Greens on the march: ‘We could be on the edge of something very big’

    Greens on the march

    ‘We could be on the edge of something very big’
    Revealed: the case against Bill Cosby - through the stories of his accusers

    Revealed: the case against Bill Cosby

    Through the stories of his accusers
    Why are words like 'mongol' and 'mongoloid' still bandied about as insults?

    The Meaning of Mongol

    Why are the words 'mongol' and 'mongoloid' still bandied about as insults?
    Mau Mau uprising: Kenyans still waiting for justice join class action over Britain's role in the emergency

    Kenyans still waiting for justice over Mau Mau uprising

    Thousands join class action over Britain's role in the emergency
    Isis in Iraq: The trauma of the last six months has overwhelmed the remaining Christians in the country

    The last Christians in Iraq

    After 2,000 years, a community will try anything – including pretending to convert to Islam – to avoid losing everything, says Patrick Cockburn
    Black Friday: Helpful discounts for Christmas shoppers, or cynical marketing by desperate retailers?

    Helpful discounts for Christmas shoppers, or cynical marketing by desperate retailers?

    Britain braced for Black Friday
    Bill Cosby's persona goes from America's dad to date-rape drugs

    From America's dad to date-rape drugs

    Stories of Bill Cosby's alleged sexual assaults may have circulated widely in Hollywood, but they came as a shock to fans, says Rupert Cornwell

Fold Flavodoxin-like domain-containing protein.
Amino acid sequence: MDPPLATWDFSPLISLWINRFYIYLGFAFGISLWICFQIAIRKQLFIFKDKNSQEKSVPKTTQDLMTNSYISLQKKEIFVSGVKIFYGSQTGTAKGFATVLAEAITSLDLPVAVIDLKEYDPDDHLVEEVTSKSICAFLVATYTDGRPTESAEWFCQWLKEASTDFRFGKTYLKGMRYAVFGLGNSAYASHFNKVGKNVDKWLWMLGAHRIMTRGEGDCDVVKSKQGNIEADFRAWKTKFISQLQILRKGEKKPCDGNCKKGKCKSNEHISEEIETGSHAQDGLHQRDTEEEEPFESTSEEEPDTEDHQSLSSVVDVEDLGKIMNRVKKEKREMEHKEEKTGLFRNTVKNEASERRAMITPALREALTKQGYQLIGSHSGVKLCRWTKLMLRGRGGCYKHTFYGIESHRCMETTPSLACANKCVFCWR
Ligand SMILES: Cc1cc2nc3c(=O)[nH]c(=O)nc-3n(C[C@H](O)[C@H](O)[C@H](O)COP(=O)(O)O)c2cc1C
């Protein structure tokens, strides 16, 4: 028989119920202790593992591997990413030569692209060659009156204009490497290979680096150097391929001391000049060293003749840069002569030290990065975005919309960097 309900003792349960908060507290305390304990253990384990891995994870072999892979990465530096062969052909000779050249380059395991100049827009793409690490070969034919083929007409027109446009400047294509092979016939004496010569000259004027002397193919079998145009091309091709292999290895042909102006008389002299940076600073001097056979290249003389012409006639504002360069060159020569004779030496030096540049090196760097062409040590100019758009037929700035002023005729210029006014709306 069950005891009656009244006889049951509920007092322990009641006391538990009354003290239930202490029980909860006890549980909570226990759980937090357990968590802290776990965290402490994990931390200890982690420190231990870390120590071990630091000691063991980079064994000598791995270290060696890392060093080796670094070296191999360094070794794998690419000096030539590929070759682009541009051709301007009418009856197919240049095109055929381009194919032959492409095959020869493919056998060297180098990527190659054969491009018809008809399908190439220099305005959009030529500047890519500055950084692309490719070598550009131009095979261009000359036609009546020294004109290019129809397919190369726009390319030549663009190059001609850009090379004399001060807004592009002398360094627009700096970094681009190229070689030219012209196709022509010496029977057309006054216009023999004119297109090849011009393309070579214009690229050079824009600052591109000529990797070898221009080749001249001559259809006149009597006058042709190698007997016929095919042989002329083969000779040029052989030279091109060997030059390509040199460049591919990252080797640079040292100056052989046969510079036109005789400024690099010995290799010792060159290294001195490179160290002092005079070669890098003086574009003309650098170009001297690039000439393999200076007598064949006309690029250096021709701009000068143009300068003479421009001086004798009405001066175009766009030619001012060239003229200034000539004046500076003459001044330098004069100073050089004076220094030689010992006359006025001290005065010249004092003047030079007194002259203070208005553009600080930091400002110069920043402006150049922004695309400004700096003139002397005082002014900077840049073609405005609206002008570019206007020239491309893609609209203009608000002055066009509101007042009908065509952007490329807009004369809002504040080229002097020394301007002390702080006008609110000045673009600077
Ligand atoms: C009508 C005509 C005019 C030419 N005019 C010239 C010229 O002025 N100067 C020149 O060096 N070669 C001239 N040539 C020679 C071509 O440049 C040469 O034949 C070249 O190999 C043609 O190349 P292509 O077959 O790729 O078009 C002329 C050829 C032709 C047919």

Clare Balding: 'Women's sport is kicking off at last'

    Clare Balding: 'Women's sport is kicking off at last'

    As fans flock to see England women's Wembley debut against Germany, the TV presenter on an exciting 'sea change'
    Oh come, all ye multi-faithful: The Christmas jumper is in fashion, but should you wear your religion on your sleeve?

    Oh come, all ye multi-faithful

    The Christmas jumper is in fashion, but should you wear your religion on your sleeve?
    Dr Charles Heatley: The GP off to do battle in the war against Ebola

    The GP off to do battle in the war against Ebola

    Dr Charles Heatley on joining the NHS volunteers' team bound for Sierra Leone
    Flogging vlogging: First video bloggers conquered YouTube. Now they want us to buy their books

    Flogging vlogging

    First video bloggers conquered YouTube. Now they want us to buy their books
    Saturday Night Live vs The Daily Show: US channels wage comedy star wars

    Saturday Night Live vs The Daily Show

    US channels wage comedy star wars
    When is a wine made in Piedmont not a Piemonte wine? When EU rules make Italian vineyards invisible

    When is a wine made in Piedmont not a Piemonte wine?

    When EU rules make Italian vineyards invisible